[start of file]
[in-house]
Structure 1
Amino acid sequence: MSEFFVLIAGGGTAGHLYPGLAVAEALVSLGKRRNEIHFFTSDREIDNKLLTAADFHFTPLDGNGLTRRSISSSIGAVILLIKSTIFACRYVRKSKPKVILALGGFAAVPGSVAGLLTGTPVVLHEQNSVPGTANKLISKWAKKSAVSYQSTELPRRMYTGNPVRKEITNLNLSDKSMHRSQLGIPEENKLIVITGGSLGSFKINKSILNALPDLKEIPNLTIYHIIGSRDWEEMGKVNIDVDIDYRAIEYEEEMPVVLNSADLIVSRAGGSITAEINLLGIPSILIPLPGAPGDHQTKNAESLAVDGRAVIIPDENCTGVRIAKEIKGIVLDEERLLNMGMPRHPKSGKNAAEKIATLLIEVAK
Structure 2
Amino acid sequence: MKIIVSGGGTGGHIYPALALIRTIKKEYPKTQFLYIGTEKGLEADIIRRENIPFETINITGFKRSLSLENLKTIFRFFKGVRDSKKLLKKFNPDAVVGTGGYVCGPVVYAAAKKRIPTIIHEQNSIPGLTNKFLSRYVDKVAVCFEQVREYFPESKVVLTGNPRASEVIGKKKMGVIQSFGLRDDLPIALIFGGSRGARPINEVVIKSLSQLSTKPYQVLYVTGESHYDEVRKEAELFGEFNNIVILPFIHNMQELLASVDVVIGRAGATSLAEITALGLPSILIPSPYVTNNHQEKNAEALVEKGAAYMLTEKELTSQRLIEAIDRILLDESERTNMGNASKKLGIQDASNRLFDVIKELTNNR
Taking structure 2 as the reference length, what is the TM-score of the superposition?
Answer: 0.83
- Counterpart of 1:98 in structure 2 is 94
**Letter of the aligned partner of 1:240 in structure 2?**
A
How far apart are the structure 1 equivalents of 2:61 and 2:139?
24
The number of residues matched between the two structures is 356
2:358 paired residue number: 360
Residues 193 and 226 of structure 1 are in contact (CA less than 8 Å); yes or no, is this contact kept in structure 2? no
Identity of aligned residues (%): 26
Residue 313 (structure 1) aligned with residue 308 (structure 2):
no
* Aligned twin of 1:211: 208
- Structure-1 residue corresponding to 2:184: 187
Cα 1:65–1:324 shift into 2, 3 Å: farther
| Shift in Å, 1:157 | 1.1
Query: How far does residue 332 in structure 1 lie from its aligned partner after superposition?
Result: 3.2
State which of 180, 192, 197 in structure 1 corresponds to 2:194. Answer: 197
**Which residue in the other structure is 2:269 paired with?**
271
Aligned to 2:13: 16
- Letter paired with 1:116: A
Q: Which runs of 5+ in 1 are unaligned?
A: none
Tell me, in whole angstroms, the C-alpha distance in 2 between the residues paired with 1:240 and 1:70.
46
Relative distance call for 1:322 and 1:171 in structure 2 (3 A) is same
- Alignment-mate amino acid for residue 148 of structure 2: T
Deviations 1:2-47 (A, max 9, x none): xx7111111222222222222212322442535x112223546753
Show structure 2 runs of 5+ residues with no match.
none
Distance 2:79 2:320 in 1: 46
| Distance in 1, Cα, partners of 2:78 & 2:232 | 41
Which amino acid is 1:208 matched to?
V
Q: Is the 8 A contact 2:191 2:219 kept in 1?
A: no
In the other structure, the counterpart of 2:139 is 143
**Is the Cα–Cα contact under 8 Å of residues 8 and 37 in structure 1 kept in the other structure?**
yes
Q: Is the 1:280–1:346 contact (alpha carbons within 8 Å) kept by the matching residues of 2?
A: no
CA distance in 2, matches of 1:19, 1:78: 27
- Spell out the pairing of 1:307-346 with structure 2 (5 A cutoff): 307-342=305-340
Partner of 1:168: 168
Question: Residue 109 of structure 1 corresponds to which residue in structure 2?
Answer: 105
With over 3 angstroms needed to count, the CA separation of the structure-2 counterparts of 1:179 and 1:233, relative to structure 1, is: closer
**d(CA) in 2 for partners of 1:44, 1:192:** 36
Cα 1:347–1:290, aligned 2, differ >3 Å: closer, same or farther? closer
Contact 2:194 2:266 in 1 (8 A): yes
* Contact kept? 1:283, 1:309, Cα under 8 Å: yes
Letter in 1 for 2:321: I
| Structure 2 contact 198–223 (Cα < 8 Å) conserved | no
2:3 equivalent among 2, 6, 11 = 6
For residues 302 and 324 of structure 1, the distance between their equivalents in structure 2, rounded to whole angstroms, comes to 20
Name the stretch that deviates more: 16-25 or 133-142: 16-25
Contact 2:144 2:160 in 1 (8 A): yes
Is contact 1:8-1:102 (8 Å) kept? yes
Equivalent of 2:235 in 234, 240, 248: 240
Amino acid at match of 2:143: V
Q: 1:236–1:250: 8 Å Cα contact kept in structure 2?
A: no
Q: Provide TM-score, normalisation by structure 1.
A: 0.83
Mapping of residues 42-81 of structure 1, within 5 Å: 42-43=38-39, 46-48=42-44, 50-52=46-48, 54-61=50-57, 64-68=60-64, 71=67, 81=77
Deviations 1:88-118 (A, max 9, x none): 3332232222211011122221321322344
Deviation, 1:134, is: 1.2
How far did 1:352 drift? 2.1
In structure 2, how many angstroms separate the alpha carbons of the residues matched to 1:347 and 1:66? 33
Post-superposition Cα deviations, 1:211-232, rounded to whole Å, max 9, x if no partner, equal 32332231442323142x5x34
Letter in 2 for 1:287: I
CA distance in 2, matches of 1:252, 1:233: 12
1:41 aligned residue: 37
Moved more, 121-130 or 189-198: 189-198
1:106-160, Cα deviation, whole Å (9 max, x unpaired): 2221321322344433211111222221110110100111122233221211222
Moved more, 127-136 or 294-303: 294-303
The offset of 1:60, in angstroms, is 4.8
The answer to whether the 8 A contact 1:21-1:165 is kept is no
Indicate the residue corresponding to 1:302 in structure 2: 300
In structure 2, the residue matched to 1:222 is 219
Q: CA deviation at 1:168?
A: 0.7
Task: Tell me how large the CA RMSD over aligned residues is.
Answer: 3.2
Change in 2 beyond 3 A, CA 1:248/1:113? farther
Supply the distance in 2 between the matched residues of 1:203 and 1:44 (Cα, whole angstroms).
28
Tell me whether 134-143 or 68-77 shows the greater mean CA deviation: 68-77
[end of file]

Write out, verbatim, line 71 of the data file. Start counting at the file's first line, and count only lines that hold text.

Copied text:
Q: Provide TM-score, normalisation by structure 1.